University of Auckland space team lands at UNSW Canberra

  • University of Auckland space team lands at UNSW Canberra
17.03.20

For three years, the Australian National Concurrent Design Facility (ANCDF) at UNSW Canberra has provided the technology that enables the University to design space missions from start to finish.

Now, it’s attracting other research groups and the team from the University of Auckland (UoA) are among the first to give the ANCDF a test drive.

Like their counterparts at UNSW Canberra Space, the UoA researchers specialise in small satellites. They are working on new technology to monitor illegal fishing and whaling off the coast of New Zealand.

“Monitoring this huge space is quite difficult,” UoA researcher Dr Andrew Austin said.

“Radar is a good solution because it will work in inclement weather, it will work through clouds, it will work at night. There are existing radar satellites but they’re usually pretty big and pretty heavy. The idea with this one is we would miniaturise it.”

UNSW Canberra Space Systems Engineer Jan-Christian Meyer said the UoA had a preliminary idea for a payload that could achieve this.

“What they needed to know is whether this can be flown on a reasonably small satellite and how such a satellite could look like,” Mr Meyer said.

“In two days, our experts helped them confirm that a satellite mission is feasible, and we provided them with a list of open questions that have to be answered to actually build the hardware.”

As the name suggests, the ANCDF is a unique system that allows each member of the team to contribute their part to the project concurrently, speeding up the design process.

UoA researcher Dr Nicholas Rattenbury said the team has been able to make “huge strides” in the two days they have spent in Canberra.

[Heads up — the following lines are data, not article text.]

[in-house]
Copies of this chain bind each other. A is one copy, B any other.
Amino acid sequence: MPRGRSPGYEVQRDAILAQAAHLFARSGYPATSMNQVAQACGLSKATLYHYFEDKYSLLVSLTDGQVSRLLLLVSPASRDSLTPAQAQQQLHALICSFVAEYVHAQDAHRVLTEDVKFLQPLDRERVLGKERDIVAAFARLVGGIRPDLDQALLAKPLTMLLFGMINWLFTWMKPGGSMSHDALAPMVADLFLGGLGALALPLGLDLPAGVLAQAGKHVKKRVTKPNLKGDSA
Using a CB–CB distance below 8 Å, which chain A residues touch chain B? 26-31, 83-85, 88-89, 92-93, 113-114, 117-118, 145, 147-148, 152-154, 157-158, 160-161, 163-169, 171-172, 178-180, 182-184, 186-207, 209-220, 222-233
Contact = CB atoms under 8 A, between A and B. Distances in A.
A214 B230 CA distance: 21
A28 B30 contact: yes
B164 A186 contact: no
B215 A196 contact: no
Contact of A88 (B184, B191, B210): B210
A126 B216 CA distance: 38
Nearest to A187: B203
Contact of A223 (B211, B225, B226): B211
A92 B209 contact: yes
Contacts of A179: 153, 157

“We’ve never been in a facility like this,” Dr Rattenbury said.

“We didn’t show up with a satellite design, that was developed here during these two days, which is quite extraordinary.

“Now we have a basic model for what the satellite could look like, the antenna that’s going to be deployed out of it, its performance on the ground, how often we need to download the data and those are all things that we will take with us going forward.”

Victoria University Wellington’s Robinson Research Institute is set to visit the ANCDF later this year to work on their project, while UNSW Canberra Space is currently preparing a study with the CSIRO on an upcoming satellite mission, which is set to be one of Australia’s largest.

Mr Meyer said while the design of space missions is the UNSW Canberra team’s strength, any multi-disciplinary problem can benefit from a concurrent engineering approach.

“Anyone can contact us and together we will work out a concept to best meet their needs,” Mr Meyer said.

“The ANCDF provides customers with a tailored combination of state-of-the-art hardware, satellite design software used internationally, a pool of experienced space experts in all relevant fields and the necessary guidance to make use of their time in the ANCDF.

“Each partner that wants to use the facility will be addressed individually based on their needs. We ask them where they are at in their development and where they want to go. We then give them a path to get there very efficiently.”

Armed with their initial design, the UoA researchers have headed back to Auckland to work on the next stage of their project. They will return to UNSW Canberra to finalise the design.

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